Roots of fine-leaf fescue help them outcompete other plants because they release growth-inhibiting chemicals that mimic nutrients.

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Fescue species release a "fake" amino acid into the surrounding soil. Weeds take it up thinking it is a nutrient when it is really empty (i.e., it's a mimic), and thus the fescue can outcompete the weeds and reduce germination of weed seeds.

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"Because of their stress tolerance and disease resistance, fescue (Festuca spp.) grasses are commonly used in landscape, roadside, and pasture settings, as well as for conservation purposes (4, 5). The unusual ability of many fine leaf fescue species to outcompete other plants is well known, and previous investigations suggested that fescue root exudates have phytotoxic properties (4). Here, we report the isolation, identification, and biological activity of m-tyrosine, a potent, structurally unusual broadspectrum phytotoxin exuded by the roots of some fine leaf fescue grasses." (Bertin et al. 2007:16964)

"We have shown in recent studies that m-tyrosine, an analogue non-protein amino acid, is exuded by the living root system of certain fine leaf fescue species. Interestingly, it possesses potent weed suppressive activity and appears to impact plant growth mainly from initial inhibition of plant root growth or radicle elongation at very low concentrations." (Bertin et al. 2009:1289)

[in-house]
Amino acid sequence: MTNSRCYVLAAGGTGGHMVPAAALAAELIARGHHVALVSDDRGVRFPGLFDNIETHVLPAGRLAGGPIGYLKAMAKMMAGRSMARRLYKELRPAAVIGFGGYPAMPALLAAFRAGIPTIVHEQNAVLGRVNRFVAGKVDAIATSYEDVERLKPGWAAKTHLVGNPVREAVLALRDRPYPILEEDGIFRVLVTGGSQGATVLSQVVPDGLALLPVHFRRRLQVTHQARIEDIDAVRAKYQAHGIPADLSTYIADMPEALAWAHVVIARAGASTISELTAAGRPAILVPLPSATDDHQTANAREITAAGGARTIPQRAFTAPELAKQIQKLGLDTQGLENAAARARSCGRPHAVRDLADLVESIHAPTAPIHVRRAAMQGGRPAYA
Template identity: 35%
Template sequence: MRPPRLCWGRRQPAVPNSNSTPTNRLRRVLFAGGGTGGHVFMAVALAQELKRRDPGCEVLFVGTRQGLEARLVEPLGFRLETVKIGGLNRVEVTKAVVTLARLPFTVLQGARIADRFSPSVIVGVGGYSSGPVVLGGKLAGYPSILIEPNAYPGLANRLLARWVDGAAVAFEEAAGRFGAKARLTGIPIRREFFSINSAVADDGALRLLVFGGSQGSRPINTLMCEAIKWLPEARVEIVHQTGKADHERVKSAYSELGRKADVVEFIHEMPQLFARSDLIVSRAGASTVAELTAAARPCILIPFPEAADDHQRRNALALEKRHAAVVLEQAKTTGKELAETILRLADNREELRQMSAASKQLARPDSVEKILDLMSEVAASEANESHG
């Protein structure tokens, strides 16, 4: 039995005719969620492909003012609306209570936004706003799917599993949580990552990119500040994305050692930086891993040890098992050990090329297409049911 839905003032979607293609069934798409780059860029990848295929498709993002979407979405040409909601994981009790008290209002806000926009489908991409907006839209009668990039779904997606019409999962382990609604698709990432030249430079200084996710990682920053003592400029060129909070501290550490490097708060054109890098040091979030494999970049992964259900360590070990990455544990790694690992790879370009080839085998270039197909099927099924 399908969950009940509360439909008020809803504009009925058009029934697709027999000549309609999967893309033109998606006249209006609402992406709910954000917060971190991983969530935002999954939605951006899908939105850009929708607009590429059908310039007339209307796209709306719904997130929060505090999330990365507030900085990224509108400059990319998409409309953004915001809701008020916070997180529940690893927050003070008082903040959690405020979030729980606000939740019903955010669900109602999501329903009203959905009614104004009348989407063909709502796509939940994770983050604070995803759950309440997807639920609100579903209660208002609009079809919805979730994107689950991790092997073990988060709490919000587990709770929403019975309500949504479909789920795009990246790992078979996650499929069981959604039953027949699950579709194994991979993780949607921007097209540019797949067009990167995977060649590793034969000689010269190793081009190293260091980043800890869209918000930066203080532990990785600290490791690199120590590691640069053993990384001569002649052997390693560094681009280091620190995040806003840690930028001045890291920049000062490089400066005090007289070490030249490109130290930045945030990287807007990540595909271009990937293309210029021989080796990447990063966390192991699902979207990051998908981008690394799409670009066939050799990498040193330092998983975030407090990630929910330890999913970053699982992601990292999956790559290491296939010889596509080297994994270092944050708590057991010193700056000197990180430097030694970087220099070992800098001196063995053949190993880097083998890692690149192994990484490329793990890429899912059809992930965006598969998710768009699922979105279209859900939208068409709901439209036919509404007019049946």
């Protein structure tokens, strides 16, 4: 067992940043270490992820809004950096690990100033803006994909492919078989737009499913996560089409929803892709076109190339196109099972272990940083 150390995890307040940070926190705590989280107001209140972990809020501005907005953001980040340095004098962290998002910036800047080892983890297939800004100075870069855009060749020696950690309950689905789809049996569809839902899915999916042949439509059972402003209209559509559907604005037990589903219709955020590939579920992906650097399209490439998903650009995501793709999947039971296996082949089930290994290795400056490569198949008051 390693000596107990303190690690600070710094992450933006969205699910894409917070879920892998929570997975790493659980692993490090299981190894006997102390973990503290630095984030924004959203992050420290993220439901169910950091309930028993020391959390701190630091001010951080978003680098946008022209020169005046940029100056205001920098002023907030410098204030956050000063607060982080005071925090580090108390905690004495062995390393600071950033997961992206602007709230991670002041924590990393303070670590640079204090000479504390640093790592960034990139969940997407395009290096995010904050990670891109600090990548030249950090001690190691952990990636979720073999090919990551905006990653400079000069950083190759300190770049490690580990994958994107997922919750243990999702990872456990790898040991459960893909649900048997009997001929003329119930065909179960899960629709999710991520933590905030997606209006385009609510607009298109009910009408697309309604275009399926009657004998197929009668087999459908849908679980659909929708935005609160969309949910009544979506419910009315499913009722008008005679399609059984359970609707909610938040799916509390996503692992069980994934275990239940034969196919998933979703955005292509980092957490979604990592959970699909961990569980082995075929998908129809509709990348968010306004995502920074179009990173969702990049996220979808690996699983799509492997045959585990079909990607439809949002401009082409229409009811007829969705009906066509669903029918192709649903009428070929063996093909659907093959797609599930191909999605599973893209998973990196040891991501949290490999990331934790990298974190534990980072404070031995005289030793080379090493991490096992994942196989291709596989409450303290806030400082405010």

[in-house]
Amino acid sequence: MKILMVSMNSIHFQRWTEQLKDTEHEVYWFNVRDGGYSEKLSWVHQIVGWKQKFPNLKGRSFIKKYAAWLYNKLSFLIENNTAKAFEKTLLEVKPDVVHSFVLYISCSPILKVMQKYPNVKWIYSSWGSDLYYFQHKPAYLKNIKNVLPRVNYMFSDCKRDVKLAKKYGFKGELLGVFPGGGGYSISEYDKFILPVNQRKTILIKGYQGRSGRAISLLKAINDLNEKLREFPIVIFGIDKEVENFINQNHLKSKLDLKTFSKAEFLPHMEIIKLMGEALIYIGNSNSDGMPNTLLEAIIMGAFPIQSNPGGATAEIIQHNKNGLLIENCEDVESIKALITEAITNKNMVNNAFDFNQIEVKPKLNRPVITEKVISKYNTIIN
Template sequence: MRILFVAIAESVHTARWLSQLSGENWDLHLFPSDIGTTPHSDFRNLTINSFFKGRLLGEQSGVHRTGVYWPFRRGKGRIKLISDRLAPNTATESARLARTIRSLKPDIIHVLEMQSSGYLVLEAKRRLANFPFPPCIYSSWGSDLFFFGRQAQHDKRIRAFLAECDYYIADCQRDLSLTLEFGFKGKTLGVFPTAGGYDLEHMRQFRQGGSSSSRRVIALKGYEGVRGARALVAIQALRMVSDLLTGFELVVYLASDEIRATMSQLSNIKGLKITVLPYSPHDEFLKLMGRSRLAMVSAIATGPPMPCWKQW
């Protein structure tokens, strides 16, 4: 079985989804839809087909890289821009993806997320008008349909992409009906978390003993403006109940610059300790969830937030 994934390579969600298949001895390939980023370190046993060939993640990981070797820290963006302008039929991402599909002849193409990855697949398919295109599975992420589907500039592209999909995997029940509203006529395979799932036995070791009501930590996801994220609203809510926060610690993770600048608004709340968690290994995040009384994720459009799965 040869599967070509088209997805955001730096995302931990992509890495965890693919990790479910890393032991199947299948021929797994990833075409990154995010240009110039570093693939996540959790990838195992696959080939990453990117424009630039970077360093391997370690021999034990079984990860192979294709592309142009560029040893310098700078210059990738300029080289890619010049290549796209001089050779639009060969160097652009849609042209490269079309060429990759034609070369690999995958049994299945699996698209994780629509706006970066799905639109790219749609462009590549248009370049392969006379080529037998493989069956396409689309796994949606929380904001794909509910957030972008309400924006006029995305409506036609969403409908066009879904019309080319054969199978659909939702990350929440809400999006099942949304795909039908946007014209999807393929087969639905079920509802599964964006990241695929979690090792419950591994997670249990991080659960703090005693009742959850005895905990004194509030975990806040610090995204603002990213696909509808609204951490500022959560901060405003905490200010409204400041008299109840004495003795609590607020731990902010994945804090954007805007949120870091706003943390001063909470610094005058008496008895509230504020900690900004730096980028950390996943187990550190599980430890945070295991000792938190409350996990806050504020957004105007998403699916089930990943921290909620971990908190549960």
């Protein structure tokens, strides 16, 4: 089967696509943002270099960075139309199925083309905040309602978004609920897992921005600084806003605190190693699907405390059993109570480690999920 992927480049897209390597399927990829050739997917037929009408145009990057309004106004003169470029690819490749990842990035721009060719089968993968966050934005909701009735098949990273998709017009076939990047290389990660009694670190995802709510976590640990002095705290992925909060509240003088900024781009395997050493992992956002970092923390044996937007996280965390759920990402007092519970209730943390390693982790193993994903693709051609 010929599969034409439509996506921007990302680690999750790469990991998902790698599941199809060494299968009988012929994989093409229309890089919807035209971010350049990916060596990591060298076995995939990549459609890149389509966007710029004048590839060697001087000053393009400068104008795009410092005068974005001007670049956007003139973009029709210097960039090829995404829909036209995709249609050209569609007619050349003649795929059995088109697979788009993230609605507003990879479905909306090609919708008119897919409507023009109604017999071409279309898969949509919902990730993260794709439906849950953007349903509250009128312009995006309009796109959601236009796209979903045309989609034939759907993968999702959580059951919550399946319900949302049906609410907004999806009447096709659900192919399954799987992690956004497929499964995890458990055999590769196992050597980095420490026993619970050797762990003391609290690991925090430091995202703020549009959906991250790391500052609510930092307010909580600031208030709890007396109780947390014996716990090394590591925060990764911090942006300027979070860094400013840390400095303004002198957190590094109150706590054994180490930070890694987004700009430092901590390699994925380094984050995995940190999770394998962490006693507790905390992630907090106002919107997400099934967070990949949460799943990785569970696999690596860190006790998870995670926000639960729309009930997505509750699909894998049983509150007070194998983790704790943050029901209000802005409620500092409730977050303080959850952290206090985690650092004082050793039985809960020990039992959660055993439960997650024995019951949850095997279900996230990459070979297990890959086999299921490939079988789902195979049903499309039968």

Journal article
Grass roots chemistry: meta-Tyrosine, an herbicidal nonprotein amino acidProceedings of the National Academy of SciencesOctober 12, 2007
C. Bertin, L. A. Weston, T. Huang, G. Jander, T. Owens, J. Meinwald, F. C. Schroeder

Journal article
Assessment of the Phytotoxic Potential of m-Tyrosine in Laboratory Soil BioassaysJ Chem EcolNovember 18, 2009
Cecile Bertin, Roselee Harmon, Mia Akaogi, Jeffrey D. Weidenhamer, Leslie A. Weston

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